Just to note that i have asked about this issues some engineers with good experience but i did not manage to get a clear reply.Also i suspect this is the reason why some charterers supply the vessels with fresh water from shore when there is demand for ultra slow steaming.Please confirm this as well if you have any experience like this.

      I would appreciate your reply!

      Thanks again!!

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      • #4
        Could you please provide more specificaiton about the cooling system?

        Comment


        • #5
          Angel777 : The FWG is another waste heat recovery unit which utilises the waste heat of main engine to heat the sea water. At slow steaming there is insufficient heat from main engine
          for fresh water generation. You ca run the FWG at slow steaming if heaters for jacket water is provided in the system. The whole point of waste recovery unit is lost and additional work is needed to maintain the FWG temp.During slow steaming, if the jacket water which is at 70-80deg C is supplied to FWG for heating, the JCW temperature will further drop and again additional work is needed to be done by use of additional heaters (normally steam heaters are used, boiler fuel consumption will increase and purchasing water from shore is still cheaper than burning fuel). Please understand when companies are adopting slow steaming, the main intent behind is to reduce the fuel consumption as fuel is the biggest factor in operating cost of the ship.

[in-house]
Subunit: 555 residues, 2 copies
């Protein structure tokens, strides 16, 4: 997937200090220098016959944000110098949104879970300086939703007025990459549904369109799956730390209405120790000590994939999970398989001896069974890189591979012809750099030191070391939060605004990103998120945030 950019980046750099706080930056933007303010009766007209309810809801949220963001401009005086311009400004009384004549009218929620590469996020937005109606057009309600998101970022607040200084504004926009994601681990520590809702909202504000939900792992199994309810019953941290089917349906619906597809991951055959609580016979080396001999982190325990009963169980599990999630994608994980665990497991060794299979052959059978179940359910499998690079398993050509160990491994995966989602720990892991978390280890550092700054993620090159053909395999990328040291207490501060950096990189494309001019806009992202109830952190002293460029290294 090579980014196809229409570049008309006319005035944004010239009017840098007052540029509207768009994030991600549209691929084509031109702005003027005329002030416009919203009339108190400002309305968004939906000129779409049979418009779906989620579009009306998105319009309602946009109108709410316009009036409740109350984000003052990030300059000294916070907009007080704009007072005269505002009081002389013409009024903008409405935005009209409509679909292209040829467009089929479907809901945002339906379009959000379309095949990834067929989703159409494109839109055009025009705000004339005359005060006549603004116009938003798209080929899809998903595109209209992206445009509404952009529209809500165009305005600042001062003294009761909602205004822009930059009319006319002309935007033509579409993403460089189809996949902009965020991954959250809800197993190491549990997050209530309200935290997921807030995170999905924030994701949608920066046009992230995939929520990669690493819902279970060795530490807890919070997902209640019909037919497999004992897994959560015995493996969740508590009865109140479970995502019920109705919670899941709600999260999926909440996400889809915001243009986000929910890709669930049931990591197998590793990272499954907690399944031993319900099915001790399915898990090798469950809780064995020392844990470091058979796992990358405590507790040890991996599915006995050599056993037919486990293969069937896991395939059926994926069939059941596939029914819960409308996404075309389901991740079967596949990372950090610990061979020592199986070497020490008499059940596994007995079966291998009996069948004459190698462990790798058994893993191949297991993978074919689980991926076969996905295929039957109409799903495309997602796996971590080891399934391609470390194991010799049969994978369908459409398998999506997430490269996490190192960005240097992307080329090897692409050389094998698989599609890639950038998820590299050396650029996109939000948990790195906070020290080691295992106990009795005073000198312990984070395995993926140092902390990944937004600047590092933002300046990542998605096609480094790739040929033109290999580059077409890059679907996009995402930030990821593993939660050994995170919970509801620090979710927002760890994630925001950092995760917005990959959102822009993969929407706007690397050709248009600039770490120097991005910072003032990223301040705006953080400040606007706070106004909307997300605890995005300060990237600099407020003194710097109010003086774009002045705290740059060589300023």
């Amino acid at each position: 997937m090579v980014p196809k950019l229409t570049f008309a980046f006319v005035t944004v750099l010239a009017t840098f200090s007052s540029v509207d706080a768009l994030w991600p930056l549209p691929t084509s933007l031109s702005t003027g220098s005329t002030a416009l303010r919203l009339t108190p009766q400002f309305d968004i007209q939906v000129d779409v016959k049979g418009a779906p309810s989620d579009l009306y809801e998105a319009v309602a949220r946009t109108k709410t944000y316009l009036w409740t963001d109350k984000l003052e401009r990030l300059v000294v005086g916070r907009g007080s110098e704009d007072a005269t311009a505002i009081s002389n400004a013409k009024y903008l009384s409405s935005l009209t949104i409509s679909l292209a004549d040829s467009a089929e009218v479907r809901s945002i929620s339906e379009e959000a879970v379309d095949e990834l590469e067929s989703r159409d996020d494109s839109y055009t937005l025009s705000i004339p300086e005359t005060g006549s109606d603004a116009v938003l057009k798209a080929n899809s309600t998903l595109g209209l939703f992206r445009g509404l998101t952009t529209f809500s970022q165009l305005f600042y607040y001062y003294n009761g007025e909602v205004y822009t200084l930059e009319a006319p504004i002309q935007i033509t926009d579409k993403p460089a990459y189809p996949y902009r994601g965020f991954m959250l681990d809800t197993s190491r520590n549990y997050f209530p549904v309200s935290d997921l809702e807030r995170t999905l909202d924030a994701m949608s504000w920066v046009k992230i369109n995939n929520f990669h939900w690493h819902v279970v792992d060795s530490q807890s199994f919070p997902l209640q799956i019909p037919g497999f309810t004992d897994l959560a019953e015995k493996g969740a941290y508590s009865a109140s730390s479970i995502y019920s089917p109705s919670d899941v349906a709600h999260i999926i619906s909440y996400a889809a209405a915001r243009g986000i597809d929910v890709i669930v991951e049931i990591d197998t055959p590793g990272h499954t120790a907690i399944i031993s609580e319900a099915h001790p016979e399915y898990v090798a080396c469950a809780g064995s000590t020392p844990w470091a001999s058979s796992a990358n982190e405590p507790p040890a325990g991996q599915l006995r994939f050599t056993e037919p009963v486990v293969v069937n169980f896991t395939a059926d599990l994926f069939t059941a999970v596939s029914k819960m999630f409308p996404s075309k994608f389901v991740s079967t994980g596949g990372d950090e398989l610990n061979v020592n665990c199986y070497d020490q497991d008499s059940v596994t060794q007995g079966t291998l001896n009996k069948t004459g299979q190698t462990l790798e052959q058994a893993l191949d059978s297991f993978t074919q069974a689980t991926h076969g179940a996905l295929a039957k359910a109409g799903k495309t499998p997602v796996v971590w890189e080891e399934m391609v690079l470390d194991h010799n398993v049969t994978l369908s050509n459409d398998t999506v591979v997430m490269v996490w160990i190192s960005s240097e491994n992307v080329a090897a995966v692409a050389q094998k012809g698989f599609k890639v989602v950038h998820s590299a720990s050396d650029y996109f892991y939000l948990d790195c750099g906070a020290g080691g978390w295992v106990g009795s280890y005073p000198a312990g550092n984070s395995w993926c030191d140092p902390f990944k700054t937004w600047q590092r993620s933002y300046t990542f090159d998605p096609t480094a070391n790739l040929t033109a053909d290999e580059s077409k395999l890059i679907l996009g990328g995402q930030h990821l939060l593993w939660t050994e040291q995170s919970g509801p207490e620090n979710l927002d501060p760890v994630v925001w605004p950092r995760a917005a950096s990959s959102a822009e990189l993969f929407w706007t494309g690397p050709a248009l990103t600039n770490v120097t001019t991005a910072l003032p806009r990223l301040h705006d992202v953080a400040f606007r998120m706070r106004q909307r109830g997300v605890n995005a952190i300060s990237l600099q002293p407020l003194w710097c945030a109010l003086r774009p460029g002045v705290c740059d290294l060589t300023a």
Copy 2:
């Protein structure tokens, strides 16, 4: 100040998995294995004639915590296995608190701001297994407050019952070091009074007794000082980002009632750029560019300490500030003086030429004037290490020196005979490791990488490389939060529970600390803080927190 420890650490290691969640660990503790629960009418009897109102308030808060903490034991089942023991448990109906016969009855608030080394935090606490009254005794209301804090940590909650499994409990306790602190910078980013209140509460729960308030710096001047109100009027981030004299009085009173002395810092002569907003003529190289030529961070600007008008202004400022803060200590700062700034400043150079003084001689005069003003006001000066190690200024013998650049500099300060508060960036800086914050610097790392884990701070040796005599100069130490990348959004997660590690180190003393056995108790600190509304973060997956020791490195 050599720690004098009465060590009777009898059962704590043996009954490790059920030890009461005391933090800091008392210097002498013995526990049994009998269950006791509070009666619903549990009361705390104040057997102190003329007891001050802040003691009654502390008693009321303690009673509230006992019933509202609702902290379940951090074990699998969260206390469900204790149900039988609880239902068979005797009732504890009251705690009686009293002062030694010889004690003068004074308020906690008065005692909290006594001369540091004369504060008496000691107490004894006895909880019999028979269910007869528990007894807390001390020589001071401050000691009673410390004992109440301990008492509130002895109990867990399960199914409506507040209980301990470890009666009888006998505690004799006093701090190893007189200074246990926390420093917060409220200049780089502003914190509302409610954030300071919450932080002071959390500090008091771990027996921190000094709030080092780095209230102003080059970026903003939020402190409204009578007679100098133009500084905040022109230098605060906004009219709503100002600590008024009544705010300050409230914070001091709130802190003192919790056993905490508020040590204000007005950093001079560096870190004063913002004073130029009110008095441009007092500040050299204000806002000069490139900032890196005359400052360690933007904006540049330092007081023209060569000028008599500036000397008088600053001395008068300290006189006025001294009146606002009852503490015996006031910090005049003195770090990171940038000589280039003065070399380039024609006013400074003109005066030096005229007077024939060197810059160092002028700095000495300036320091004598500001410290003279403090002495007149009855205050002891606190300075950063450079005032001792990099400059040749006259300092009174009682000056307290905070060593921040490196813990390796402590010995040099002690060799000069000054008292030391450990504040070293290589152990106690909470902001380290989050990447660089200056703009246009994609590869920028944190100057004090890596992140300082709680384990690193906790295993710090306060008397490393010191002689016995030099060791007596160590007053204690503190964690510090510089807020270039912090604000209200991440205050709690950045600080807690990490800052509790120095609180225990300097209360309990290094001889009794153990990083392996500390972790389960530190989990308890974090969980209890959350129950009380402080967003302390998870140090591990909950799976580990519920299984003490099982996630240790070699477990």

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          • Angel777
            Angel777 commented
            Editing a comment
            Thanks a lot Anish..

        • #6
          To get the best answer,first we need to compare the cooling system with the normal water.after that it would be easy to make out with sea water.Compare the temperature results of both the water. I am an engineer and we use Airdex services cooling systems.We too are working on these kind of projects.

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          • #7
            RX Marine was established in 1996 in Mumbai, India; as a chemical manufacturing company catering exclusively to the needs of the marine industry.In a short span of 12 years the company has established itself as one of leading wholesale suppliers of a wide range of chemicals for -Marine industry internationally- and other local industries and plants .our client list bears testimony to this. The RXSOL policy has its foundation on two pillars of strength – continuous investments in research and development to deliver premium quality products and a commitment to services.
            Degreaser cleaner supplier